Patient Satisfaction News

Better Patient-Provider Communication Needed for Obesity Care

Few patients with obesity are clear on their diagnosis and weight loss needs because of lapses in patient-provider communication.

patient-provider communication

Source: Thinkstock

By Sara Heath

- Patients with obesity lack the health literacy and diagnoses necessary to motivate them to access long-term care solutions, according to new research published in Obesity. These findings suggest that clinicians need to leverage better patient-provider communication surrounding a patient’s health status.

Researchers conducting the Awareness, Care, Treatment in Obesity Management (ACTION) Study stated that very few of the more than 90 million patients with obesity actually seek long-term care for their medical condition.

This care gap may be due to inadequate patient-provider communications. Seventy percent of patients have spoken with their healthcare providers about their weight. Of those patients, only 55 percent have received a formal diagnosis for obesity, and only 24 percent have been referred to weight loss follow-up care.

Many patients are not fully aware of their weight-related health risks, the researchers found. Although more than two-thirds of patients acknowledged that obesity is serious or more serious than other chronic health conditions, few patients recognized the seriousness of their own personal prognoses.

All study participants reporting obesity met the height and weight requirements for the condition, the researchers said. However, only 50 percent of those patients self-reported as “obese” or “extremely obese,” highlighting a lack of patient education and patient-provider communication about the condition.

Provider efforts could be falling short, the research showed. Fifty percent of provider respondents agreed that obesity is as serious as other chronic diseases, but providers did not always discuss obesity with patients. Fifty-two percent of providers said they had insufficient time to discuss weight issues with patients, and 45 percent said there were more pressing health issues to discuss during the care encounter.

For their part, 62 percent of providers said they initiate most of the weight loss conversations they have with patients. Sixty-seven percent of providers are at least comfortable discussing weight with patients.

Sixty-nine percent of providers said they “always” or “most of the time” record an overweight or obese note in a patient’s EHR. Just under half (43 percent) of providers who said they do not usually make a note reported that they make a verbal diagnosis.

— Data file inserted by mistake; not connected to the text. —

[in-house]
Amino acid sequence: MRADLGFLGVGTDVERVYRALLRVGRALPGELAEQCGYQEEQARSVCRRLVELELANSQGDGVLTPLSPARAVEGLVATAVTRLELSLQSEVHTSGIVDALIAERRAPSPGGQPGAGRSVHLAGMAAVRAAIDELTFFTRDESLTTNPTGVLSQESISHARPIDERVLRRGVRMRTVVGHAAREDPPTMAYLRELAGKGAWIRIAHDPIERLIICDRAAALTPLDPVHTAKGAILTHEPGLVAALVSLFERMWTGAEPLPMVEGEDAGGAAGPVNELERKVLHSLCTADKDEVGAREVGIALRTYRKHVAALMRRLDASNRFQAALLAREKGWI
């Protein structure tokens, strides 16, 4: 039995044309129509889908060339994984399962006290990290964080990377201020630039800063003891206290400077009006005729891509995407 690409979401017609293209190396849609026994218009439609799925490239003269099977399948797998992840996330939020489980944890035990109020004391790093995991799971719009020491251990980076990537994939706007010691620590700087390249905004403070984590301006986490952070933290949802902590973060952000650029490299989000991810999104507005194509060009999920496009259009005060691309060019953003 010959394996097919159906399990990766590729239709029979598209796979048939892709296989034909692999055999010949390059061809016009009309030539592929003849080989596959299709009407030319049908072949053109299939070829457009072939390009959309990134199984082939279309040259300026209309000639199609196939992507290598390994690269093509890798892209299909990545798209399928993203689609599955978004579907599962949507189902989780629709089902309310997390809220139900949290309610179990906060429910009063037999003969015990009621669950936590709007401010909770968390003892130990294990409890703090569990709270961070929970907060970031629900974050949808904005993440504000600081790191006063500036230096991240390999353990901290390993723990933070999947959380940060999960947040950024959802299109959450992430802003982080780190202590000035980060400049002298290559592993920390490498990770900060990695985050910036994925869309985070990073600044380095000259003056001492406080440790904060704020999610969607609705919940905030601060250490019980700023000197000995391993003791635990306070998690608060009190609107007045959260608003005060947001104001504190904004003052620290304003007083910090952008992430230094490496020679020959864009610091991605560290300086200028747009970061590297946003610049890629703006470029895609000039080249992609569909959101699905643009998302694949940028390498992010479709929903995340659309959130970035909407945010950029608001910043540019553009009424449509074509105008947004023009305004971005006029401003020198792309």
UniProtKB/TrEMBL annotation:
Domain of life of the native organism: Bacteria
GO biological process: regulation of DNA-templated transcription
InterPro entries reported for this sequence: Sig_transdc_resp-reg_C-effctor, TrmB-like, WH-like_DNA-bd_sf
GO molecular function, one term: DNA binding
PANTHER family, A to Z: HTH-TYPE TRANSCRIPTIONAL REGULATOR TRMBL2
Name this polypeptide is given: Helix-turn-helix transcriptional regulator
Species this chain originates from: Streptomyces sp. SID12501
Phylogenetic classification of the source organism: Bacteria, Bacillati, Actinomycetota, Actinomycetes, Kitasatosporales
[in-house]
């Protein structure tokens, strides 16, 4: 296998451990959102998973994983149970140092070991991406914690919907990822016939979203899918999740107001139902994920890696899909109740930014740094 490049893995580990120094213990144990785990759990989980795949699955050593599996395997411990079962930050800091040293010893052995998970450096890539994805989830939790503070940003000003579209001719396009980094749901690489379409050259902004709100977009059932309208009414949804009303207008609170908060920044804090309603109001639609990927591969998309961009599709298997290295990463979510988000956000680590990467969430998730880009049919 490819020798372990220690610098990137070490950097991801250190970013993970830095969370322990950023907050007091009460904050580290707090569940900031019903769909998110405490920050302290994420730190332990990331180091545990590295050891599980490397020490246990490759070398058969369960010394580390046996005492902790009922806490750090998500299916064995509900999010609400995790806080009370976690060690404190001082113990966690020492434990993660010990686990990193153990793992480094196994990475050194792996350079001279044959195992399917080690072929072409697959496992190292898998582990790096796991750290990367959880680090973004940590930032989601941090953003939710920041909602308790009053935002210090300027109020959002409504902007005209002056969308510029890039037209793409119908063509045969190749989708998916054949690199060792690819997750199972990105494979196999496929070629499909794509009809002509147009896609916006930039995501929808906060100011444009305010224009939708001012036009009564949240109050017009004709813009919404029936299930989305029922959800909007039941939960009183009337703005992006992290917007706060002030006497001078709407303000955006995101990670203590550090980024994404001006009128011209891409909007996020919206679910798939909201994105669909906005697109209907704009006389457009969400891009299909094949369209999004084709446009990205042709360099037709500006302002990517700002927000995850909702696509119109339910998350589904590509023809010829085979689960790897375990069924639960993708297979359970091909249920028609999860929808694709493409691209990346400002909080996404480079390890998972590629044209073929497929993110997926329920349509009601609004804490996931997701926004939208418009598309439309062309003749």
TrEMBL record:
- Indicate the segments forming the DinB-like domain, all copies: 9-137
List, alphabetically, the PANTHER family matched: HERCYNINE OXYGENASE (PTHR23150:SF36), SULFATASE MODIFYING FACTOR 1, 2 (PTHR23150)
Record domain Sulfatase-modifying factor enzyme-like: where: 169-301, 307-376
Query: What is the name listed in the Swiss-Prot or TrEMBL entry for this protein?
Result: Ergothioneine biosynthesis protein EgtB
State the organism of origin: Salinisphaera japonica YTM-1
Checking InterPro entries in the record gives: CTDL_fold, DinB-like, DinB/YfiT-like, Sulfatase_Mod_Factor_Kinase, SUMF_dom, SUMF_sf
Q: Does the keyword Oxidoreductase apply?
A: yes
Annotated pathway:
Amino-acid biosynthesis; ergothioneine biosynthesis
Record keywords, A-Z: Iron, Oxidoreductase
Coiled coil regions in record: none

Inadequate patient-provider communication about obesity could be leading patients to take on most weight loss responsibility themselves, a factor which may discourage patients from seeking medical care for their obesity.

Most of the patients included in the study are currently engaging in or have previously engaged in weight loss activities. Eighteen percent of patient respondents described themselves as “committed to a weight loss plan” during the study.

However, few are able to lose the weight or keep it off for a prolonged period. Only one-quarter of patients have seen any sort of successful weight loss within the past three years. Fewer than half (44 percent) have kept the weight off for more than a year.

These findings point to needed improvements in obesity care coaching and patient-provider communication, said study co-author and ACTION steering committee member Angela Golden, MD.

"The barriers identified in the study highlight opportunities to bridge gaps in understanding to facilitate true collaboration among all stakeholders," Golden, who also owns a specialty obesity practice in Arizona, noted in a statement. "Only by bridging these gaps will obesity care become integral to standard practice, whether in a health care or employment setting, and will people with obesity have the care and support needed to effectively treat their obesity."

Lead author Lee Kaplan, MD, shared similar sentiments, adding that healthcare professionals need to treat obesity with more seriousness.

"We in the health care community must ask why this epidemic is not being diagnosed and treated with the same urgency and focus as any other serious diseases?" said Kaplan, who is also director of the Obesity, Metabolism and Nutrition Institute at Massachusetts General Hospital.

"We need to fundamentally rethink obesity so that the public and health care community understand more about the biology, chronicity and overall health impact of this disease,” Kaplan concluded. “Real progress can be achieved if we can overcome the entrenched mindsets that generate the barriers revealed by this study." 


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